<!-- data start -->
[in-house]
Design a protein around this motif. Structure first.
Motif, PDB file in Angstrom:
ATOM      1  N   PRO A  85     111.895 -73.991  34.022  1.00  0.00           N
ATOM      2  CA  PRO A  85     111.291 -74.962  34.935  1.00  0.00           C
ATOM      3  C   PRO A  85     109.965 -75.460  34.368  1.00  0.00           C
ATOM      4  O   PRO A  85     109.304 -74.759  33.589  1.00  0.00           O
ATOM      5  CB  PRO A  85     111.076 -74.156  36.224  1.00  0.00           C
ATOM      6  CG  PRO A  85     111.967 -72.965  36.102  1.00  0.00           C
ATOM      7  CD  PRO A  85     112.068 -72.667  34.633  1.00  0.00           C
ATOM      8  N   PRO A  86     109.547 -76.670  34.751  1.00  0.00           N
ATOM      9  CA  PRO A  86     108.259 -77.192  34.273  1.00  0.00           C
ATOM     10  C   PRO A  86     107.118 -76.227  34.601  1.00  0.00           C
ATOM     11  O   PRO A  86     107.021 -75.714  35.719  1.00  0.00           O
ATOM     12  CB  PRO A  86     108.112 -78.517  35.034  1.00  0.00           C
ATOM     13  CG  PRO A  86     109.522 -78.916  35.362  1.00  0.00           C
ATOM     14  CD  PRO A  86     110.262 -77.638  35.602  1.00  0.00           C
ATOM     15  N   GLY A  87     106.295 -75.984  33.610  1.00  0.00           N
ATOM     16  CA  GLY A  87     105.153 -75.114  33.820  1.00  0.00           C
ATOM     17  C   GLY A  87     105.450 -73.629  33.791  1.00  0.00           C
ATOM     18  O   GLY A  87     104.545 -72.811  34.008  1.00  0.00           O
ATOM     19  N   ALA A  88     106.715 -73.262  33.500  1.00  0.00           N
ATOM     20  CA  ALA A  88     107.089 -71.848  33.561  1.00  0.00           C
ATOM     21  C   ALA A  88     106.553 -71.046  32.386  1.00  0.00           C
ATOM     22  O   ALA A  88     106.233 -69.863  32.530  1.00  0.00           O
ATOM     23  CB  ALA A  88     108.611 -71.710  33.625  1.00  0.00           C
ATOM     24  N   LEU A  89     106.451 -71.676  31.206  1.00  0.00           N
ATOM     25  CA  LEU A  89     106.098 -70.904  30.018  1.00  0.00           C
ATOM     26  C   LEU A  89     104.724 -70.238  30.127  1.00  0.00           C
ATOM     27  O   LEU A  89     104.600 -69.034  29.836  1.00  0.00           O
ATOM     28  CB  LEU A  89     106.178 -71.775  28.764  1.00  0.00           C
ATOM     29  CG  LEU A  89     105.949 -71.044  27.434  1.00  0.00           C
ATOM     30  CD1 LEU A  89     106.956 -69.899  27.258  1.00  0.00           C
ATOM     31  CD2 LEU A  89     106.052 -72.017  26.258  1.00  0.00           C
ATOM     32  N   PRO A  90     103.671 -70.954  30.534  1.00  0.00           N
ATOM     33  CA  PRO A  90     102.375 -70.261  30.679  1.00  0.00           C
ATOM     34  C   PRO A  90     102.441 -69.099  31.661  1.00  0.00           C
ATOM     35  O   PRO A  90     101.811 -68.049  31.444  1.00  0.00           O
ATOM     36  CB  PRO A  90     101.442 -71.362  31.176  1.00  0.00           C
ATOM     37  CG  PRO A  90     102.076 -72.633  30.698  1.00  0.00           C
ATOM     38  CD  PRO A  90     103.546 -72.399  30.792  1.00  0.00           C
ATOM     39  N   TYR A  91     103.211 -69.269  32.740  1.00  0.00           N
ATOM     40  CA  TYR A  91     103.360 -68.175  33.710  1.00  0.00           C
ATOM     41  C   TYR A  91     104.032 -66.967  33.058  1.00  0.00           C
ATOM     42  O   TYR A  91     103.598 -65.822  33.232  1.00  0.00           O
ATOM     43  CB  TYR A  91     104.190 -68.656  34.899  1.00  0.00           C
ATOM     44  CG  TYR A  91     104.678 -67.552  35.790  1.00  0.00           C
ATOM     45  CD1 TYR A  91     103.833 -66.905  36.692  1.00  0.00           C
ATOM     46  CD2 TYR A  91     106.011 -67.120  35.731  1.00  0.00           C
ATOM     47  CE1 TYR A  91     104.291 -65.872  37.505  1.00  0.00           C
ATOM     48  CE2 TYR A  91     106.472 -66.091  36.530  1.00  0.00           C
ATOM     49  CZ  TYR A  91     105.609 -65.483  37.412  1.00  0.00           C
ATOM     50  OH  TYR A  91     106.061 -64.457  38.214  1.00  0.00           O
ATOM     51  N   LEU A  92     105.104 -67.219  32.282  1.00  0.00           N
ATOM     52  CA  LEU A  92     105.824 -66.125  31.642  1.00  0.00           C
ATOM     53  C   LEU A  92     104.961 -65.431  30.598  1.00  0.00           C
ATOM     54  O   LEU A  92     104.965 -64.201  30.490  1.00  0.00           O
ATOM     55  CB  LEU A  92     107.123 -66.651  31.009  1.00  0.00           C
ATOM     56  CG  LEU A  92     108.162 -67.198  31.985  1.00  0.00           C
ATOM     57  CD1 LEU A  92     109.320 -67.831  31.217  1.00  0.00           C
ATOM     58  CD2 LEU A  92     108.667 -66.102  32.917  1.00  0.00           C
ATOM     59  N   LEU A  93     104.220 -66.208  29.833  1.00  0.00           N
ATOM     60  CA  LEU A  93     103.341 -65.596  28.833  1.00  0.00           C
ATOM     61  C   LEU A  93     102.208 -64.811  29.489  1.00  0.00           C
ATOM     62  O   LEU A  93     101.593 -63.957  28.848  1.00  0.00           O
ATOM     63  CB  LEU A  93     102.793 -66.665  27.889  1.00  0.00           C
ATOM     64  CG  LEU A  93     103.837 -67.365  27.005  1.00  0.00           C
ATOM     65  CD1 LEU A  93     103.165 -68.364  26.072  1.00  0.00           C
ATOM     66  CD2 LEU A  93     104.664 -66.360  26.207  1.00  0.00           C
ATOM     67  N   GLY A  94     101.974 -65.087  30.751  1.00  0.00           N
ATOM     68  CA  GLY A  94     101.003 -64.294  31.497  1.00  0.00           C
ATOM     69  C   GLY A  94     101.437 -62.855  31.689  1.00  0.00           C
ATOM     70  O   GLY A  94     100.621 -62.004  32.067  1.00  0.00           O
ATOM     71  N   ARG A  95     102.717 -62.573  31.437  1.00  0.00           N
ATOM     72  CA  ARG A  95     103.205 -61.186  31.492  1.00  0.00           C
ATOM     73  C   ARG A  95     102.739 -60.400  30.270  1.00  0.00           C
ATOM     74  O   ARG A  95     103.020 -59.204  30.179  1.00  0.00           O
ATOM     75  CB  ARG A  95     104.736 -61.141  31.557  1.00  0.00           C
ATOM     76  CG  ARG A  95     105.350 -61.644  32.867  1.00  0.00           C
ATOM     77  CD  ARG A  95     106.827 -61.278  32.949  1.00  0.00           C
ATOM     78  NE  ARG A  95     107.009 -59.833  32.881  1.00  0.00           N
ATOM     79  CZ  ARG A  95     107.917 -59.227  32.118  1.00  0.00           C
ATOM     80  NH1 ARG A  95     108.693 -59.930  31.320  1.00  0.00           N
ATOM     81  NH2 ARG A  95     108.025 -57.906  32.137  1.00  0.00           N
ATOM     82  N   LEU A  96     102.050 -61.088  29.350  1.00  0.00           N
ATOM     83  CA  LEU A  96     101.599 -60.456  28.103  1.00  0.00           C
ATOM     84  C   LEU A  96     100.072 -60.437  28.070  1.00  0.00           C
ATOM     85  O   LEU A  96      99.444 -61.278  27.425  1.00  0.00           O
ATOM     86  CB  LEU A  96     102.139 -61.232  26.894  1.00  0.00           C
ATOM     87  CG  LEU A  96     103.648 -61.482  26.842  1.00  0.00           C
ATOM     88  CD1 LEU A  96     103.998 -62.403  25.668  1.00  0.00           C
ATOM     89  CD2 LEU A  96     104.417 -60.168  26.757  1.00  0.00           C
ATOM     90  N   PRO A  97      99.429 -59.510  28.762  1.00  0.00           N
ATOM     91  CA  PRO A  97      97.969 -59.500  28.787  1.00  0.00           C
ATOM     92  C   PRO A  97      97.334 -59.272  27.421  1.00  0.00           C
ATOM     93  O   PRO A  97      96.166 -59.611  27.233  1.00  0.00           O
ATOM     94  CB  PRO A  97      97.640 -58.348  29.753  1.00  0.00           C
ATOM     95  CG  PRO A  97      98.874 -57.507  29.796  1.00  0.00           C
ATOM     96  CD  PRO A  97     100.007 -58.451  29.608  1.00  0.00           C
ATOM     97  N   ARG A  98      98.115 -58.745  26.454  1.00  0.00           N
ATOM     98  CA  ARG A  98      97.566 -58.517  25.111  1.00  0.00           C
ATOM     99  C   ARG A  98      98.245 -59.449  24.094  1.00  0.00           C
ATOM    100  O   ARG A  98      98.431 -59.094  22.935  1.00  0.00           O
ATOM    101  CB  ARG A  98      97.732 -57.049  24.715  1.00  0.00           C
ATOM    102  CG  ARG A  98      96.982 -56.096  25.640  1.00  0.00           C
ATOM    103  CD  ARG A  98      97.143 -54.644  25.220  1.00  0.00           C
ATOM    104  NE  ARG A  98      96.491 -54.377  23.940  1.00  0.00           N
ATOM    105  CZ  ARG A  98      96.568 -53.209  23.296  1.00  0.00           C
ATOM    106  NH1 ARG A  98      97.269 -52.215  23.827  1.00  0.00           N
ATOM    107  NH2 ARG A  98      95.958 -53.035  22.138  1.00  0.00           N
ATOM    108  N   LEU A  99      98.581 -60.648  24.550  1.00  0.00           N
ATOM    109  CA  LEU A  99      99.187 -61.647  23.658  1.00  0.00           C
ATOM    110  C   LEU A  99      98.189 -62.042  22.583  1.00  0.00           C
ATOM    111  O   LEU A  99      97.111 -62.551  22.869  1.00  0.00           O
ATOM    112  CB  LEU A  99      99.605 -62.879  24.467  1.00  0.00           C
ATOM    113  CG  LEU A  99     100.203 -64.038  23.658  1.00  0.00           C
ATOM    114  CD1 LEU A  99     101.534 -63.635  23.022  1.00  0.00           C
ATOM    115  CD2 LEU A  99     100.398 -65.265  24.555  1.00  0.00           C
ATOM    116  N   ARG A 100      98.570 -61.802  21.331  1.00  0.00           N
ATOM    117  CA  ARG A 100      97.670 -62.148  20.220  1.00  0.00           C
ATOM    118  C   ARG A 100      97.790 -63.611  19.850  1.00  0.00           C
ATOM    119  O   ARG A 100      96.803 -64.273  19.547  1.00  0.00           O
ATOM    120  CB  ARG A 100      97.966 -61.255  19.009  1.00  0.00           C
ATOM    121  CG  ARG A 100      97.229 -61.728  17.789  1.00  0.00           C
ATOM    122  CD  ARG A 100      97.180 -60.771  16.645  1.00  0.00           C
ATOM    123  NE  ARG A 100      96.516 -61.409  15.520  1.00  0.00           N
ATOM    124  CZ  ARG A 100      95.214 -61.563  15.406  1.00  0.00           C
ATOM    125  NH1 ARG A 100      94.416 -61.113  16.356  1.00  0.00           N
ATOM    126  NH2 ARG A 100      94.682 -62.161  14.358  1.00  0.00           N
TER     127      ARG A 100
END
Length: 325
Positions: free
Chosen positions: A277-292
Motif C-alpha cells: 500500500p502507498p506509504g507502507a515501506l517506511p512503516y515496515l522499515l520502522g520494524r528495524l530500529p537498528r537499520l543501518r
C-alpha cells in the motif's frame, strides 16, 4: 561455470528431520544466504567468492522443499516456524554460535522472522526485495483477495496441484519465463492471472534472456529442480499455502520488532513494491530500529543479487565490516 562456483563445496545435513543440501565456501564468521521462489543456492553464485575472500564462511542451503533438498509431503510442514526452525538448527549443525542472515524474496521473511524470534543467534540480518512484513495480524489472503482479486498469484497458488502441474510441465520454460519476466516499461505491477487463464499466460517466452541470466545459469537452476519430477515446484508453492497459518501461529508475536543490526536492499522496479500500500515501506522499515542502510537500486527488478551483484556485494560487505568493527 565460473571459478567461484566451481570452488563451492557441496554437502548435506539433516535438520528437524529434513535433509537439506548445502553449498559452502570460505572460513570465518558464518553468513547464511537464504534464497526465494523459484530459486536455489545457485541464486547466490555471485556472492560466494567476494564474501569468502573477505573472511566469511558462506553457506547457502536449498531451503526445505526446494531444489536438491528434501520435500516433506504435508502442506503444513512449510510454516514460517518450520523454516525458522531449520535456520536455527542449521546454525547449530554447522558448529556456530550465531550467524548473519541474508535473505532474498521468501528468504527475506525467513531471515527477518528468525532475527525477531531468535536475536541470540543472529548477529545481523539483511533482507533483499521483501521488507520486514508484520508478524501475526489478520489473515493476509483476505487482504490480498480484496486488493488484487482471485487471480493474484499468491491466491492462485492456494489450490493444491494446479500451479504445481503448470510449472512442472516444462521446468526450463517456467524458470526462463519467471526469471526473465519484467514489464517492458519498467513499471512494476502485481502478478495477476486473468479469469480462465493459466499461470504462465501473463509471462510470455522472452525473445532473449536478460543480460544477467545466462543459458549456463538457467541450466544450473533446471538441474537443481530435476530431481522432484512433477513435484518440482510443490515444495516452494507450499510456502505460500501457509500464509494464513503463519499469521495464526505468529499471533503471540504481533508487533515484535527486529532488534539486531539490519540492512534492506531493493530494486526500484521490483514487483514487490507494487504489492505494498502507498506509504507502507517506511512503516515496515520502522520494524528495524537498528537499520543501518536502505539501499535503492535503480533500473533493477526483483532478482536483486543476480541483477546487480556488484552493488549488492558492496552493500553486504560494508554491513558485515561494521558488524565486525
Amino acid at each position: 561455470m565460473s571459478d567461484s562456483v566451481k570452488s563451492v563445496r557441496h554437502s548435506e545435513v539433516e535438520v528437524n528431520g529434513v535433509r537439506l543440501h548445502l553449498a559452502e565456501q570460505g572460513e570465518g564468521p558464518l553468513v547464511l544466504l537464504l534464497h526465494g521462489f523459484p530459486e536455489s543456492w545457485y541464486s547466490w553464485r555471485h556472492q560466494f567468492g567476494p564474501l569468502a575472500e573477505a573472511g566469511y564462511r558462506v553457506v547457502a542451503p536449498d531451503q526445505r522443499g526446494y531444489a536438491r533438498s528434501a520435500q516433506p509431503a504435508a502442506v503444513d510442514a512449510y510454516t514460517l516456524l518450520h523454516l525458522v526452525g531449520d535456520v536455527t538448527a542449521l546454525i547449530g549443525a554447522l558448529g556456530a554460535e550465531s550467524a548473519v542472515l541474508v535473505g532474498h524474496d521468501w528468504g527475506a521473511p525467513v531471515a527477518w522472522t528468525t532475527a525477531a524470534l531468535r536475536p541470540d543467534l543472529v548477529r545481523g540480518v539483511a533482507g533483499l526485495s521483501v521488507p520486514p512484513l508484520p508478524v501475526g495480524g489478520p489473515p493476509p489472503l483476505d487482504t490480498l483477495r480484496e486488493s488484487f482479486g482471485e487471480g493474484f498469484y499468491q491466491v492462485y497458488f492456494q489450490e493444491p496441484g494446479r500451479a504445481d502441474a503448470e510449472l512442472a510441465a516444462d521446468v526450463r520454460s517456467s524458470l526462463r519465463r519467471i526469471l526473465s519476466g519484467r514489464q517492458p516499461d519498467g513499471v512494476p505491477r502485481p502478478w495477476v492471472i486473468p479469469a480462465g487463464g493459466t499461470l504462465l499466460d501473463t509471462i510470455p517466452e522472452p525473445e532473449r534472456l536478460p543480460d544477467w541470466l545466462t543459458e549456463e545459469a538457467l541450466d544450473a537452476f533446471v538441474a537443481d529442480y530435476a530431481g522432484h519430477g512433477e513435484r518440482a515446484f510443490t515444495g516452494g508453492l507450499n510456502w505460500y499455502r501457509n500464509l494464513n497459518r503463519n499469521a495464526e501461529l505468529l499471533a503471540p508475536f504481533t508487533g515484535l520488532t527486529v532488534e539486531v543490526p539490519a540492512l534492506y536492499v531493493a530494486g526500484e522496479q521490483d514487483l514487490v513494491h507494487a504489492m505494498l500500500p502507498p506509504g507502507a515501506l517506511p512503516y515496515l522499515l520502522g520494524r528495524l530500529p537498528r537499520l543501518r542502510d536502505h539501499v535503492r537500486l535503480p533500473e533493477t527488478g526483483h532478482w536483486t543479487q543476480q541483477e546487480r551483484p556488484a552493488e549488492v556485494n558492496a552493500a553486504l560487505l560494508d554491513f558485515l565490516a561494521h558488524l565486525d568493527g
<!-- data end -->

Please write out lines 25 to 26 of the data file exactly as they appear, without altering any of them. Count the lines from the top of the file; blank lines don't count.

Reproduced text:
ATOM     22  O   ALA A  88     106.233 -69.863  32.530  1.00  0.00           O
ATOM     23  CB  ALA A  88     108.611 -71.710  33.625  1.00  0.00           C